Meta (formerly Facebook) has warned that their research has uncovered that up to one million users may have had their Facebook accounts compromised. In a press release, the company states that they have identified as many as 400 malicious apps downloaded from Google’s Android and Apple’s iOS operating systems that have been designed to steal the log-in information of Facebook users. Most of these malicious posed as photo editors, games, VPNs, health trackers, and utility apps like torchlight among others to trick users into downloading them. Once downloaded, app users are asked to log in with their Facebook account, which enables hackers to steal log-in information.
Following the discovery, Meta has reached out to both Google and Apple and the malicious apps have been taken down from both app stores. Hackers embed malware in apps that lets you “cartoonize” yourself or “which celebrity you look like” and apps useful functionality like “torchlight range extender” and publish them to the app stores. They also publish fake reviews and neutralize any negative reviews by people who have spotted the malicious nature of the apps. The report says this leak includes millions of files containing information such as usernames, phone numbers, marital status, locations, birth dates, email addresses and in some cases, complete bios.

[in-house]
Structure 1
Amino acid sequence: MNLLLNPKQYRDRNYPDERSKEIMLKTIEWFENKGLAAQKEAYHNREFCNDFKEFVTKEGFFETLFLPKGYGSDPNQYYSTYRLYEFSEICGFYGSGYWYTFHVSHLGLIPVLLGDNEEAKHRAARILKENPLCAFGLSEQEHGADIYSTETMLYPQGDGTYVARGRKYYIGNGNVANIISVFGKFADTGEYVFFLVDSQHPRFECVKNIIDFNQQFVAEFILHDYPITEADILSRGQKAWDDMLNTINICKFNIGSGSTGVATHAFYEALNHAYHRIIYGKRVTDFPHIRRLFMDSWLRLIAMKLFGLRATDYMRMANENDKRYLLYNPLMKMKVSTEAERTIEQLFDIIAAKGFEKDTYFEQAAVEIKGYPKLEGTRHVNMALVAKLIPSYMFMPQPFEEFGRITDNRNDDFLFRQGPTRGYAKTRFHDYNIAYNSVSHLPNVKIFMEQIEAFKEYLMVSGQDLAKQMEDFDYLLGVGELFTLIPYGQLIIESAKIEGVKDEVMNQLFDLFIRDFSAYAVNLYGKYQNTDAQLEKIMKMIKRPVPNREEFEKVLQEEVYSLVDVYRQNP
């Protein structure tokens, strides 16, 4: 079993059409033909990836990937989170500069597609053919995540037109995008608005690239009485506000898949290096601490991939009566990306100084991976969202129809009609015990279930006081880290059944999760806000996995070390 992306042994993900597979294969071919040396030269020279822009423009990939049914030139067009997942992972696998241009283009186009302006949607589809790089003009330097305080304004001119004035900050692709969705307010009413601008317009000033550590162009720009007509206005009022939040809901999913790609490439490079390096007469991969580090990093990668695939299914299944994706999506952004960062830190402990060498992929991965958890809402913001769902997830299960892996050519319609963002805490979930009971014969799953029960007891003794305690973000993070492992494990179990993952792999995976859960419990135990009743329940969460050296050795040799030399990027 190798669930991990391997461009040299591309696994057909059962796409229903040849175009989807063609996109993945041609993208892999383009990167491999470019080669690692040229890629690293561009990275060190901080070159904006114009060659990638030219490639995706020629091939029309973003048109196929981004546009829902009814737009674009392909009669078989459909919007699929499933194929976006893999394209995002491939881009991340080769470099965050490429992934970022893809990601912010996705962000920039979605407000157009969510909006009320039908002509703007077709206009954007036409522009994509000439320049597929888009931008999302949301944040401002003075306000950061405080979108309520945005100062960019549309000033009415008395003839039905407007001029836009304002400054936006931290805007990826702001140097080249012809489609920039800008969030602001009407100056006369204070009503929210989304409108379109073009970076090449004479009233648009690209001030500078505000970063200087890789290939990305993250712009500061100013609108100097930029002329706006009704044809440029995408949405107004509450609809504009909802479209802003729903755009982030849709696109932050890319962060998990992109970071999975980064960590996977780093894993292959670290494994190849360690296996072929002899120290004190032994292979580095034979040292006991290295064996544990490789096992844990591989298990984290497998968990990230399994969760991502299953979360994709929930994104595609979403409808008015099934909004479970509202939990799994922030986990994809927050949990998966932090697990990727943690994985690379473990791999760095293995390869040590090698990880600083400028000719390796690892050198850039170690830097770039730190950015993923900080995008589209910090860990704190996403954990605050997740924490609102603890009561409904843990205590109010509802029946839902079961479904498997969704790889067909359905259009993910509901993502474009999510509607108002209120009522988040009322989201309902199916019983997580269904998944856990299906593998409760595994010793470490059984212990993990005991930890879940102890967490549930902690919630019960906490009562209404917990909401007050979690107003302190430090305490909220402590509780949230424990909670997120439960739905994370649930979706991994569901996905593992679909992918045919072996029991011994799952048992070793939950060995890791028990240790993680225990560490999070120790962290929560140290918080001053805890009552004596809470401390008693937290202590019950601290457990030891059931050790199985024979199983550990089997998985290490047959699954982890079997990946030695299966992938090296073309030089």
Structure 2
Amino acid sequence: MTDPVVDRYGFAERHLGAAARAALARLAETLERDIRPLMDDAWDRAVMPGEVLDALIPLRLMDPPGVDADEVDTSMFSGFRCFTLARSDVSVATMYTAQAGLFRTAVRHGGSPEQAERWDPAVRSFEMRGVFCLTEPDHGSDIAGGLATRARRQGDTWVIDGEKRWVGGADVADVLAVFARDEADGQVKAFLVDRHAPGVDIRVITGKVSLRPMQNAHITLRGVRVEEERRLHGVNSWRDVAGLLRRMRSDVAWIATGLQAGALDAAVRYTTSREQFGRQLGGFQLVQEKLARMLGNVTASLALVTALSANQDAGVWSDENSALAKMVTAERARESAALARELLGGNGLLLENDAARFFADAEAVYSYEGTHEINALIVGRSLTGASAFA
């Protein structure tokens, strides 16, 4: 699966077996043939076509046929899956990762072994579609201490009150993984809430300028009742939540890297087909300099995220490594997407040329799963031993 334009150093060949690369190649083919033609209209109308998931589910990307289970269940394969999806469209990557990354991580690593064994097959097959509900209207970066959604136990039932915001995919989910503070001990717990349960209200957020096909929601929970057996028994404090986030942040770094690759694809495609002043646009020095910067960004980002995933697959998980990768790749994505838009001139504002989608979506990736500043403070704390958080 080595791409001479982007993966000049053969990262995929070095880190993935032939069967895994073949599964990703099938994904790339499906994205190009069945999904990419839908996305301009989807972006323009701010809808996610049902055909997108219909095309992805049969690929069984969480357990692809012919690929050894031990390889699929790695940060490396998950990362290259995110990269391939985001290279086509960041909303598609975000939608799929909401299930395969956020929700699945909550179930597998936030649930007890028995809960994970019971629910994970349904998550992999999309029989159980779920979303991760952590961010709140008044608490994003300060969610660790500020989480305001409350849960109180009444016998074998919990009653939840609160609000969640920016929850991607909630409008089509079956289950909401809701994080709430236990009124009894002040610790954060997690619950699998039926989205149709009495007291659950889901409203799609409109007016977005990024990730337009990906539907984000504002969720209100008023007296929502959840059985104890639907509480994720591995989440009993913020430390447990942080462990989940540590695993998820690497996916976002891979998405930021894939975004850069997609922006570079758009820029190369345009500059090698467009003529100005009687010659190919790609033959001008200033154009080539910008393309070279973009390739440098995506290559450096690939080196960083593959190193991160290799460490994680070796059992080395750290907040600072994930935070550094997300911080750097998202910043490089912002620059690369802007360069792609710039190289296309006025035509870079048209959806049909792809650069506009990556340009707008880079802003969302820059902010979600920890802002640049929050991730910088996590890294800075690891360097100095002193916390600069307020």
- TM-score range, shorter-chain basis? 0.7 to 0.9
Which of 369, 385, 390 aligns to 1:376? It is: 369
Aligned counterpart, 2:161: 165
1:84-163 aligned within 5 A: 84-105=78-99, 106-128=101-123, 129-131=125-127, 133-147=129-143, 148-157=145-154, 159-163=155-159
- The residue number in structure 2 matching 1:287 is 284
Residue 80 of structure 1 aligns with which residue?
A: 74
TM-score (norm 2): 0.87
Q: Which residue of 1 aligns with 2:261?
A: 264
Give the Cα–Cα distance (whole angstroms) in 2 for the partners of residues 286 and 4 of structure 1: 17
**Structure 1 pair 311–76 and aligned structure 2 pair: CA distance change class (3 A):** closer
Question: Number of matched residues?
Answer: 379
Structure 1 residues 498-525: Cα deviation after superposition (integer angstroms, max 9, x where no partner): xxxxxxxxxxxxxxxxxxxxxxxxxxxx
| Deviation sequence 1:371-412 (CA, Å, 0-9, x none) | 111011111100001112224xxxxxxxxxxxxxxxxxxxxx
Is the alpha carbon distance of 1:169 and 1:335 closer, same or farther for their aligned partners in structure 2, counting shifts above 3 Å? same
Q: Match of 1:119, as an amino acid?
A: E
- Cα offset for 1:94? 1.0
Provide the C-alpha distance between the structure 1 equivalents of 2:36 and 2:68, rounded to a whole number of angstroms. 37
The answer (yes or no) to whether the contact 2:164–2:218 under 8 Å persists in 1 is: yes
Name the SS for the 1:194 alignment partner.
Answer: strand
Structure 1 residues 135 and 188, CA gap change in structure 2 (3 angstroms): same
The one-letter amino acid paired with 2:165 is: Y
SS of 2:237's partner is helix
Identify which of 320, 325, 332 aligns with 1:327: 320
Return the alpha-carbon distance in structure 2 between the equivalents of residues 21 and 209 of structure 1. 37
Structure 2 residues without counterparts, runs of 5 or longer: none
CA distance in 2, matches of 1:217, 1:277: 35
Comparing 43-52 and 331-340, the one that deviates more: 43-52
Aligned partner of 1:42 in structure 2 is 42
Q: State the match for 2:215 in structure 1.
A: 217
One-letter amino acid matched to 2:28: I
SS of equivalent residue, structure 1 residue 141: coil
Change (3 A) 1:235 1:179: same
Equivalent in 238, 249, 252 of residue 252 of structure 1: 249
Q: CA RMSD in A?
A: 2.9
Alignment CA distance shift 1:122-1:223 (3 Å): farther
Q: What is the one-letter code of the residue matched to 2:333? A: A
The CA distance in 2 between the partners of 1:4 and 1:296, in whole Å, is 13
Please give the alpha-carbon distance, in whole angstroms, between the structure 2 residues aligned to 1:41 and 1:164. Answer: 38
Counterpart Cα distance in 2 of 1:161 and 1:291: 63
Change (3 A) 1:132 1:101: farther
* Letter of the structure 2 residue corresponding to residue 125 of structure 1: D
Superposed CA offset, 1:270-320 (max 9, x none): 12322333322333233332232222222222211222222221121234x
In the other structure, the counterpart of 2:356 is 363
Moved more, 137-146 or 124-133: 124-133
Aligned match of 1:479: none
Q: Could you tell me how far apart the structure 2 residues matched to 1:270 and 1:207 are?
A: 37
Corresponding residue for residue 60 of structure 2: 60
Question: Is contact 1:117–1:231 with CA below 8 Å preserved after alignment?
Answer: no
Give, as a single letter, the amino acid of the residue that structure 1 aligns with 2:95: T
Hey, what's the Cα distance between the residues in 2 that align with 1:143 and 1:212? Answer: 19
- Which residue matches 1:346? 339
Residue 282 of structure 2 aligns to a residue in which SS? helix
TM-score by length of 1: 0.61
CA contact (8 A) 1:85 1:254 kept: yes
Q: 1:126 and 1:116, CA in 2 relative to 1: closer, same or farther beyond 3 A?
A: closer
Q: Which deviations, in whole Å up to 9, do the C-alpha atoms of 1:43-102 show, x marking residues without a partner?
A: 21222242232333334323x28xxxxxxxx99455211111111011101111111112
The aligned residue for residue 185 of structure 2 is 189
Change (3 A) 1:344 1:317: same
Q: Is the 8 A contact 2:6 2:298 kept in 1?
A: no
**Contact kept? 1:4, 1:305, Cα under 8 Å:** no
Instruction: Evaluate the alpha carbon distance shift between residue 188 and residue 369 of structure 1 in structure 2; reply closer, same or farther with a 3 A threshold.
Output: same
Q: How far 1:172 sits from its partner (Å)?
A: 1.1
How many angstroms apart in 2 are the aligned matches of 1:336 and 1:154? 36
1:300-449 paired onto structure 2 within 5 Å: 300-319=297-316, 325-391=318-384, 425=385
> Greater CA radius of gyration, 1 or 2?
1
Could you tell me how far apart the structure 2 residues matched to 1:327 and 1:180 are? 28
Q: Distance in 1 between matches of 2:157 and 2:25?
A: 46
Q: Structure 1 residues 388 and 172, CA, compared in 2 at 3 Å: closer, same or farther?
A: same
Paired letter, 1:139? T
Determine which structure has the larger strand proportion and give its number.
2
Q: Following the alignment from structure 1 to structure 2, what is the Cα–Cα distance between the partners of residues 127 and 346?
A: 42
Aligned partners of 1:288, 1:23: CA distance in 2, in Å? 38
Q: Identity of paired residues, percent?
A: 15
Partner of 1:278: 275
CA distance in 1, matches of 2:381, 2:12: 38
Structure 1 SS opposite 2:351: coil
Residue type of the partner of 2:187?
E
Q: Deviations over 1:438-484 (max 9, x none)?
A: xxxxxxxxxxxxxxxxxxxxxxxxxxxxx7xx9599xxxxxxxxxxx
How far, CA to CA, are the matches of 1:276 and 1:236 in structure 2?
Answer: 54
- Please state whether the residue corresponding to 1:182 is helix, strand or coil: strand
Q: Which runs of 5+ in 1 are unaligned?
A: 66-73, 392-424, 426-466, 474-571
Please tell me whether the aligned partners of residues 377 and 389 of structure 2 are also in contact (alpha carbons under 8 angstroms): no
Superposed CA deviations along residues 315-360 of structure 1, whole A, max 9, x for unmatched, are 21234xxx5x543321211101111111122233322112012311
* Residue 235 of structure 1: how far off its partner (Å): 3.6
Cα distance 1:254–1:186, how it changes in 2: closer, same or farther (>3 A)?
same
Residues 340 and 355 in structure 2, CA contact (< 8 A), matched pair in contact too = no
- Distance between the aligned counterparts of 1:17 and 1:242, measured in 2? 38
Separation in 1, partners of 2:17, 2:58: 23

The release has outlined what these malicious apps may look like. Majority of photo editors that claim to allow you to turn yourself into a cartoon and VPNs purporting to boost browsing speed or grant access to blocked content or websites. There are other cases in which the malicious apps are presented as apps that claim to brighten your mobile device’s torch and mobile games that claim to somehow “boost” the gameplay into high-quality 3D graphics. Meta has also warned users to exercise caution while downloading health and lifestyle apps such as horoscopes and fitness trackers as these often require you to give your date of birth and your location access which makes the hacker’s job easy.
Meta has also reached out to its users warning them of the potential compromise and published a list of malicious apps that they have found. The company has urged its users to enable two-factor authentication, preferably using an Authenticator app to add an extra layer of security. It is also wise to have separate passwords and not use shared passwords across social media. Users can also turn on log-in alerts so they can be notified if someone is trying to gain unauthorized access.
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Meta Warns Users of Password Stealing Apps [Video]
Video uploaded by Bloomberg Technology on October 7, 2022